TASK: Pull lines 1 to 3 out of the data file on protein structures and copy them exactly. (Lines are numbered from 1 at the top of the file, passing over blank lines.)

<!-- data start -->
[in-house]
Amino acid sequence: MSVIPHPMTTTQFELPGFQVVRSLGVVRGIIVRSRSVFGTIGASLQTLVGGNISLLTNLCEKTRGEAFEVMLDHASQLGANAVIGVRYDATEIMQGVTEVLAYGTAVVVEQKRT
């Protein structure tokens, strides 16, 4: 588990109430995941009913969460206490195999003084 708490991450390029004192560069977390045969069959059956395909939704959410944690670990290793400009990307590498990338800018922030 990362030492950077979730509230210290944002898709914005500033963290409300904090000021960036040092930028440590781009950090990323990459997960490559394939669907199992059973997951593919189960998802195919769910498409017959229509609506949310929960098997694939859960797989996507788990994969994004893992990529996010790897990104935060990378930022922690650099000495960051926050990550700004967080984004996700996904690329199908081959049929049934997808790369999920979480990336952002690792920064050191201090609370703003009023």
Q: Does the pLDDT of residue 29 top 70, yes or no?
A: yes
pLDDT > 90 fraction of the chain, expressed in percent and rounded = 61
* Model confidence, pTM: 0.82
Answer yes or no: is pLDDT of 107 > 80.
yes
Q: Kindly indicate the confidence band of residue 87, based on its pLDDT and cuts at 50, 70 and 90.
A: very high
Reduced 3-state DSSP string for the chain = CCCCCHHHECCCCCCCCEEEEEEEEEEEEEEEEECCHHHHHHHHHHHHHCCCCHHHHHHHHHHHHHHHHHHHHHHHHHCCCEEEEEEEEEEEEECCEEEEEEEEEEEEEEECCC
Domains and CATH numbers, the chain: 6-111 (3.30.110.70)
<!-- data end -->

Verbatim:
[in-house]
Amino acid sequence: MSVIPHPMTTTQFELPGFQVVRSLGVVRGIIVRSRSVFGTIGASLQTLVGGNISLLTNLCEKTRGEAFEVMLDHASQLGANAVIGVRYDATEIMQGVTEVLAYGTAVVVEQKRT
């Protein structure tokens, strides 16, 4: 588990109430995941009913969460206490195999003084 708490991450390029004192560069977390045969069959059956395909939704959410944690670990290793400009990307590498990338800018922030 990362030492950077979730509230210290944002898709914005500033963290409300904090000021960036040092930028440590781009950090990323990459997960490559394939669907199992059973997951593919189960998802195919769910498409017959229509609506949310929960098997694939859960797989996507788990994969994004893992990529996010790897990104935060990378930022922690650099000495960051926050990550700004967080984004996700996904690329199908081959049929049934997808790369999920979480990336952002690792920064050191201090609370703003009023």